Digital currency exchange providers—have your say!
The Anti-Money Laundering and Counter-Terrorism Financing Amendment Act 2017 (AML/CTF Amendment Act) received Royal Assent on 13 December 2017. This Act creates new obligations for digital currency exchange (DCE) providers.
The most significant aspect is a ‘Digital Currency Exchange Register’. DCE providers will need to register with AUSTRAC. This closes a ‘regulatory gap’ where these businesses were not regulated. A benefit to DCE providers is that being registered can help boost consumer confidence in the sector.
AUSTRAC recently published draft AML/CTF Rules for consultation, including the new DCE obligations. Read more about the obligations and draft AML/CTF Rules.
Regulatory relief for correspondent banking services
Proposed changes to the AML/CTF Rules resulting from the AML/CTF Amendment Act will ensure that due diligence requirements for correspondent banking services only apply to vostro accounts. Currently the requirements apply to both vostro and nostro accounts.
This will benefit reporting entities by clarifying their obligations and broadening the scope of these relationships. It is also consistent with the Financial Action Task Force’s (FATF) international standards, as well as international banking practice.
The AML/CTF Amendment Act has added a new definition of ‘betting instrument’ to the Anti-Money Laundering and Counter-Terrorism Financing Act 2006 (AML/CTF Act). It has also included ‘betting instruments’ in certain designated services.
Changes to the AML/CTF Rules will ensure there is now consistency between the customer identification and reporting requirements for oncourse bookmakers and totalisator agency boards, and the requirements for other gambling services providers.
The result is that betting instrument providers will not be required to identify customers when the service involves less than $10,000.
Other AML/CTF Rules amendments
On 5 January 2018 the AUSTRAC CEO signed a new AML/CTF Rules amendment instrument. This will implement some of the recommendations from the recent statutory review of Australia’s AML/CTF regime. It will also address deficiencies identified by FATF in Australia’s fourth-round mutual evaluation.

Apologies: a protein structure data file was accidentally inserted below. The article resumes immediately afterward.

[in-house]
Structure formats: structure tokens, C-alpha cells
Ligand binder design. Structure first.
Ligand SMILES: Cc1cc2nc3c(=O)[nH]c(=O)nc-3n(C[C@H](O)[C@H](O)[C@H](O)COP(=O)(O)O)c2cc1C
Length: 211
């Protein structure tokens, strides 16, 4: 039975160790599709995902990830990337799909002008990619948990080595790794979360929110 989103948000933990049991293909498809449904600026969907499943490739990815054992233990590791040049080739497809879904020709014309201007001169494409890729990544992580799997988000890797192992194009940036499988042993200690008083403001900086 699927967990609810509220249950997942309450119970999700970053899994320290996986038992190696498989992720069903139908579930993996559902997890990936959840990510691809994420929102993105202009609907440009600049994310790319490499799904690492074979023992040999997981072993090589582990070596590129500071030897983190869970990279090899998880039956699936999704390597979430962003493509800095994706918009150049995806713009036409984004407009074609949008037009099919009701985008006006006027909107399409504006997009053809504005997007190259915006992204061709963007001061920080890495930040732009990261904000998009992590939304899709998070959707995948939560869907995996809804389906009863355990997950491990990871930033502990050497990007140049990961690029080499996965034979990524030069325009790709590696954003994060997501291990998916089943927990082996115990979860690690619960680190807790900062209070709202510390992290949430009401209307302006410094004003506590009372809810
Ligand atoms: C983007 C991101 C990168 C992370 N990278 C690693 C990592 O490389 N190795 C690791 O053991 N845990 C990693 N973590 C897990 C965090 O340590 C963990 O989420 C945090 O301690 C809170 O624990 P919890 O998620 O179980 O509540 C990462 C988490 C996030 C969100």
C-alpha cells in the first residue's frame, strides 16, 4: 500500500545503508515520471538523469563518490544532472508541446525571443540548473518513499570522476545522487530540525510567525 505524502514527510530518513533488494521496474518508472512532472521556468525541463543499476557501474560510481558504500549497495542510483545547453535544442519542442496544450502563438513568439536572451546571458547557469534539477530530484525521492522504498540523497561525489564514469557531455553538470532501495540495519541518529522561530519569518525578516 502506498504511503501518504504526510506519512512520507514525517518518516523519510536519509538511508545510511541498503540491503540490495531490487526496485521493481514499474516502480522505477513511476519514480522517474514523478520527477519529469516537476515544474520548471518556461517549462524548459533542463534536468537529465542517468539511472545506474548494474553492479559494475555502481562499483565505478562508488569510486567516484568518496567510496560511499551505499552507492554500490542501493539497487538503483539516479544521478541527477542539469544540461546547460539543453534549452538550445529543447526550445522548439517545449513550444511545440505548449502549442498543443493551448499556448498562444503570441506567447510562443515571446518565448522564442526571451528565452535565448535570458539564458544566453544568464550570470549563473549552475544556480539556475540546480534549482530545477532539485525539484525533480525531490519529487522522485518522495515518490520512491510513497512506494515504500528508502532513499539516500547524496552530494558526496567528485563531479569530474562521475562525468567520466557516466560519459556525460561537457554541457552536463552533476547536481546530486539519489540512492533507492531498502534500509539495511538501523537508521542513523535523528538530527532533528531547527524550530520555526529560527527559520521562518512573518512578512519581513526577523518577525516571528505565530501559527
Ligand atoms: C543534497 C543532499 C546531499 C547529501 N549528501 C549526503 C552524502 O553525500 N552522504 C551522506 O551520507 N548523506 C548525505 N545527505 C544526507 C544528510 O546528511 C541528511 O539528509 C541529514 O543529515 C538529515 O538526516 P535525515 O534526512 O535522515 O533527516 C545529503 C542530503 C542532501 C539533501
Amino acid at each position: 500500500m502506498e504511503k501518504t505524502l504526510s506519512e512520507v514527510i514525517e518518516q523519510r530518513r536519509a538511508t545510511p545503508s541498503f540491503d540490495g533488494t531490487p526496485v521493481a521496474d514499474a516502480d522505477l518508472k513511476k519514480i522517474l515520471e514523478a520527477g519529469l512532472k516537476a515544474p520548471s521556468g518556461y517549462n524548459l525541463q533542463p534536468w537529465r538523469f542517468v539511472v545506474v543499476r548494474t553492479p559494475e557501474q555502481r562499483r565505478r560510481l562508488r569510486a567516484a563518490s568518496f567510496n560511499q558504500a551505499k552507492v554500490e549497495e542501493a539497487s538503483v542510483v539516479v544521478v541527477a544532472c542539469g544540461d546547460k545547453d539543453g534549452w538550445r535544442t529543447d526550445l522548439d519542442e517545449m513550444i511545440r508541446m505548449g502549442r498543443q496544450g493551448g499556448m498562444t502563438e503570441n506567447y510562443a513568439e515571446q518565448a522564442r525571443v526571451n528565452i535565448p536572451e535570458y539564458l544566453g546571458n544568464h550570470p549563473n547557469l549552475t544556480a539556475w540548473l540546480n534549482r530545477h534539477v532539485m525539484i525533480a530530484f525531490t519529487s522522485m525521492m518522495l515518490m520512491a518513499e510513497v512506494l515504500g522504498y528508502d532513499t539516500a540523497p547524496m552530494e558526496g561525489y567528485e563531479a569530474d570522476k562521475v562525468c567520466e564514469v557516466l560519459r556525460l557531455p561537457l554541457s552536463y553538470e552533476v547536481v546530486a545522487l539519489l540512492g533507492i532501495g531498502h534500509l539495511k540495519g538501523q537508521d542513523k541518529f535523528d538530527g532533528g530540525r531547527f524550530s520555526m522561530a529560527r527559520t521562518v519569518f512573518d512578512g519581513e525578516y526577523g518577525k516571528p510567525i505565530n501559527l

AUSTRAC published the draft of these Rules for public consultation in mid-2017, and revised it to take into account stakeholders’ feedback. The amendments affect Chapters 1, 4, 8, 9, 30 and 36 of the AML/CTF Rules.
Benefits for reporting entities, including reduced regulatory burden, include:
- more flexibility in identifying and verifying the identity of customers, allowing for unique identifiers (such as biometrics) on identification documents
- removing the requirement to identify beneficial owner(s) of majority-owned subsidiaries of foreign publicly-listed companies that are already subject to disclosure requirements
- alternative identification procedures when a customer is not able to provide satisfactory evidence of their identity—this is also part of the government’s commitment to reducing financial exclusion
- ensuring the independence of AML/CTF program reviewers, to give greater clarity and certainty about who is eligible to undertake a review
- guidance material provided by AUSTRAC on money laundering/terrorism financing risk must be taken into account when developing or updating AML/CTF programs
- more flexibility in complying with customer due diligence obligations
- expanding the definition of ‘related body’ to include partnerships in related groups of reporting entities.
AML/CTF Rules to support law enforcement operations
In December 2017 AUSTRAC registered new AML/CTF Rules to reduce the chances of criminals being inadvertently ‘tipped off’ to law enforcement investigations.
For example: a law enforcement agency seeks information from a bank as part of an investigation into the bank’s customer. The bank is currently required by the AML/CTF Act to conduct ongoing customer due diligence. This might make the bank seek information from the customer, which then alerts the customer to the law enforcement investigation.
Under the new AML/CTF Rules, certain law enforcement agencies can request an exemption for a reporting entity from particular obligations for six months, or until the investigation has finished (whichever occurs first).
Industry and government partners strongly support these new Rules. This is an innovative approach for AUSTRAC to support law enforcement partners in stopping criminal activity.
The new Rules also provide certainty to the financial sector in helping to support the important work of Australia’s law enforcement agencies.